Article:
WONDERFUL news – what we’ve been waiting for and campaigning many years for.
Those were the words of campaigner Angela Cloke following the Government’s announcement that the first lifesaving vaccine for Meningitis B – the most common form of bacterial Meningitis in the UK – will be free on the NHS for all babies, subject to price negotiations.
Mrs Cloke’s son Sam contracted Meningitis B in 2000 when he was 18 months old.
He has since made a good recovery with just a few complications.
But he is one of the lucky ones.
Many people are left with life-changing complications such as limb loss, brain damage and epilepsy while many others die from the disease.
Ever since Sam was struck down by Meningitis B Angela has been tirelessly campaigning for better awareness, treatment and vaccinations against it.
And some of her wishes have come true in the form of the revolutionary Bexsero vaccination announcement.
“It is wonderful news and I’m delighted the Government has made the right decision to fund the vaccination and protect future generations against this terrible disease,” she told The Observer.
“The Government is still in discussions with pharmaceutical companies over a cost-effective price for the vaccination – but no price should be put on people’s health and lives – and we will be keeping up the pressure.”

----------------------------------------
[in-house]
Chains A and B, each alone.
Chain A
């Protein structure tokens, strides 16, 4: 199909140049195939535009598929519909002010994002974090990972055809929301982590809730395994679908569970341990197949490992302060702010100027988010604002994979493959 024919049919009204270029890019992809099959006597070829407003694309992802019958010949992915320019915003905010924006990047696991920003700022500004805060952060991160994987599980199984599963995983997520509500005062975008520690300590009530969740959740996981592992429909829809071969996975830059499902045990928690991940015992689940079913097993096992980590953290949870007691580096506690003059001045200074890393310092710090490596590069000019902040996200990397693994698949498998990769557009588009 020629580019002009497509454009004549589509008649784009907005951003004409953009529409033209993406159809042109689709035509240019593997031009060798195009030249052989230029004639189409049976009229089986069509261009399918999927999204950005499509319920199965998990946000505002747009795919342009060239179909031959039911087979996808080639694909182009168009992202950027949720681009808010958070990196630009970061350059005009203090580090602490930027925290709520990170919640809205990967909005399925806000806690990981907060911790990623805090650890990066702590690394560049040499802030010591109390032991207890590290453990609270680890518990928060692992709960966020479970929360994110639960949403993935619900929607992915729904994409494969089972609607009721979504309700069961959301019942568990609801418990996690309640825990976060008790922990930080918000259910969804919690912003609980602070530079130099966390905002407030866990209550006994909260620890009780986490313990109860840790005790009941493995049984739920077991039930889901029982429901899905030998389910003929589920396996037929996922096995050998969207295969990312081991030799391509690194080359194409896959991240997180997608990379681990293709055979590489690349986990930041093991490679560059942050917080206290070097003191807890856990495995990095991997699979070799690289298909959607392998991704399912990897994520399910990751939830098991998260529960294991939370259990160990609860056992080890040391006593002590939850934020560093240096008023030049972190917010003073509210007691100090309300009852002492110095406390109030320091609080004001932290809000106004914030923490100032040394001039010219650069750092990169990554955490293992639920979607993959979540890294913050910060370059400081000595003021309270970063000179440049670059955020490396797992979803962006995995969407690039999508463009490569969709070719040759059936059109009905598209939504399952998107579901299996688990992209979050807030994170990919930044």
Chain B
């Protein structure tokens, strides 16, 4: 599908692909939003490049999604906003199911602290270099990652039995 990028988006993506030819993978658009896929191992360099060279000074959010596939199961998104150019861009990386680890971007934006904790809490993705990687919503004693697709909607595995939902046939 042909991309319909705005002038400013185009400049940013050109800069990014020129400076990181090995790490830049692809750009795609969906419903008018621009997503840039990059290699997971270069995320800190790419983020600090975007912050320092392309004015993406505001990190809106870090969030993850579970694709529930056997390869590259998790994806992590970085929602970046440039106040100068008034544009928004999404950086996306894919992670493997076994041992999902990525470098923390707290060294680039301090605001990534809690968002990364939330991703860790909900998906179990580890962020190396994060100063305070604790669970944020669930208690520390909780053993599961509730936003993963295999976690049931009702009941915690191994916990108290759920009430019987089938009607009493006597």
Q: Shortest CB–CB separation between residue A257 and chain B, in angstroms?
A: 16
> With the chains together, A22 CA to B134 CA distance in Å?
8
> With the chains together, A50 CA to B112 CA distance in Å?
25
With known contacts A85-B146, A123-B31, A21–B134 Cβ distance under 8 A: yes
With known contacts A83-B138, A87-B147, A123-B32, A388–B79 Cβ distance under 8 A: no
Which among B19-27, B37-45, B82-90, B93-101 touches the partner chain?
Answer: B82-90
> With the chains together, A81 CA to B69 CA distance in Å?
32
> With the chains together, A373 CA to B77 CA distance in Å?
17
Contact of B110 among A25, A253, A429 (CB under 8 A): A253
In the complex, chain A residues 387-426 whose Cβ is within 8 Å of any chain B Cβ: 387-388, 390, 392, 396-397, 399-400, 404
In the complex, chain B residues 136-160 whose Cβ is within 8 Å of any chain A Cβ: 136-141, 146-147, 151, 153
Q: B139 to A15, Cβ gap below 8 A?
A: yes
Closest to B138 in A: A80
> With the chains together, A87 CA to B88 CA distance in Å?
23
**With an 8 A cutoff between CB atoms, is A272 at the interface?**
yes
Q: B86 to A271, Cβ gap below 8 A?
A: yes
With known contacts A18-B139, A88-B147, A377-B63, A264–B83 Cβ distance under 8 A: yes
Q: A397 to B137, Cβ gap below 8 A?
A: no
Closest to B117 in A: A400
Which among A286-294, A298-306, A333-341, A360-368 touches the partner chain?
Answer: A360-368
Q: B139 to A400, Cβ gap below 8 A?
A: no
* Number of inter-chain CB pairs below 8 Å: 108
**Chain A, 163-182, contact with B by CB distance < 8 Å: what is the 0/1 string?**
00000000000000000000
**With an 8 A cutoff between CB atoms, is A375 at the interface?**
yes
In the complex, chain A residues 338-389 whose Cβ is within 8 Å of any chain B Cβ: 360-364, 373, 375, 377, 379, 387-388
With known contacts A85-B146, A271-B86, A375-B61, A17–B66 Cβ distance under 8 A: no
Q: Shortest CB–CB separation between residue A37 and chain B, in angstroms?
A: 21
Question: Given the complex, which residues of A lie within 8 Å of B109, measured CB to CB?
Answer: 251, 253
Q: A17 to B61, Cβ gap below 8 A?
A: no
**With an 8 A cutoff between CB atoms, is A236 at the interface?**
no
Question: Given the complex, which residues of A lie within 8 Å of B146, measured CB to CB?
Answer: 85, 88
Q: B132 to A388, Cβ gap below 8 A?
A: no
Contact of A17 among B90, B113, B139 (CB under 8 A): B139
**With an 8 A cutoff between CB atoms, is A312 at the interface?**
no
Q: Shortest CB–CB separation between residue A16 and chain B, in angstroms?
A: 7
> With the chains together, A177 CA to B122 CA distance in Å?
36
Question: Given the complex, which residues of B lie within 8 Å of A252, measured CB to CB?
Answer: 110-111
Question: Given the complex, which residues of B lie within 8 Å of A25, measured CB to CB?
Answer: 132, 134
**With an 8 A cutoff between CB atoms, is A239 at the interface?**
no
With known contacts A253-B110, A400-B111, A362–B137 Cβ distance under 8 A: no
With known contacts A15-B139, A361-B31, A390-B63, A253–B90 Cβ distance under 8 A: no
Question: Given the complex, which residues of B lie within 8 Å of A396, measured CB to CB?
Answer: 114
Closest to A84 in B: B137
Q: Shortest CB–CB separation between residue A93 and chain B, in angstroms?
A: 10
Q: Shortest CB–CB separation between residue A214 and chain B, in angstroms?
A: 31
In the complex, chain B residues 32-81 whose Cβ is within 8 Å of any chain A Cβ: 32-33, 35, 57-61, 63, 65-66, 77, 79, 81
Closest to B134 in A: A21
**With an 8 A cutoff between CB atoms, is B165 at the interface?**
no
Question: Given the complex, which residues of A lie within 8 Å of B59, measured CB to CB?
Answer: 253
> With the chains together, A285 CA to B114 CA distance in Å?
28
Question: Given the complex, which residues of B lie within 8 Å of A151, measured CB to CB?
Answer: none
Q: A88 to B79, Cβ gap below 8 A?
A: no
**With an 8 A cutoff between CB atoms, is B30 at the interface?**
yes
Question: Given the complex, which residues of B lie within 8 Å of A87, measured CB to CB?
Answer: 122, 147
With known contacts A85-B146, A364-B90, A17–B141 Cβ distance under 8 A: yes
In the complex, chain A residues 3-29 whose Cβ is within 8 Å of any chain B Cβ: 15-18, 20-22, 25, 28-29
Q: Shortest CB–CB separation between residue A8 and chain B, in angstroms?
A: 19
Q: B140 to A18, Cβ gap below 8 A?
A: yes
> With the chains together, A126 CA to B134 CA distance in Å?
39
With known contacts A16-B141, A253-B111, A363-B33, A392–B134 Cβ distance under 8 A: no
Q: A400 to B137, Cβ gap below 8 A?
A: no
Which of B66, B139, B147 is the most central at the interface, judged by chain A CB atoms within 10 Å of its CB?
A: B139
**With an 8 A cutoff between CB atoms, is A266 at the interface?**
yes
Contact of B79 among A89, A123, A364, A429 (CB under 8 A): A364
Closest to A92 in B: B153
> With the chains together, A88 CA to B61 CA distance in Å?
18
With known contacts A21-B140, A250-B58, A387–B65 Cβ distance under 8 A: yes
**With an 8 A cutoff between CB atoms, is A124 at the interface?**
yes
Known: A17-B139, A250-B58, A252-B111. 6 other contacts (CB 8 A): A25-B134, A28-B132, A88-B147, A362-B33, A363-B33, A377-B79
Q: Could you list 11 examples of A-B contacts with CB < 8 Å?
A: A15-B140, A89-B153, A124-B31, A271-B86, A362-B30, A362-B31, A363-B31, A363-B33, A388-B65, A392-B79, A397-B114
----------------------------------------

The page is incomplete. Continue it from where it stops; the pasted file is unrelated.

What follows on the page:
The UK has one of the highest Meningitis B incidence rates in the world, affecting an average of 1,870 people each year, most of whom are babies and children.
It kills more children under five than any other infectious disease in the UK.
Meningitis Now, the UK’s largest meningitis charity’s latest figures suggest that around 675 Meningitis B cases in the UK could have been prevented since the vaccine was licensed for use in January 2013.
At least 200 people could have been saved from death or disability in that time.
Despite the vaccination being ‘a major step forward in the fight against Meningitis’ Mrs Cloke has vowed to keep campaigning for a catch-up immunisation scheme to protect infants and teenagers – not just the babies who will be protected by the vaccine.
“Meningtis can strike anyone of any age, so I will be campaigning for a catch-up programme to protect infants and teenagers,” she added.
“Although this vaccine will gradually see the eradication of Meningitis B, people still need to be vigilant and to know the signs of the disease to ensure speedy treatment and recovery of those not vaccinated.”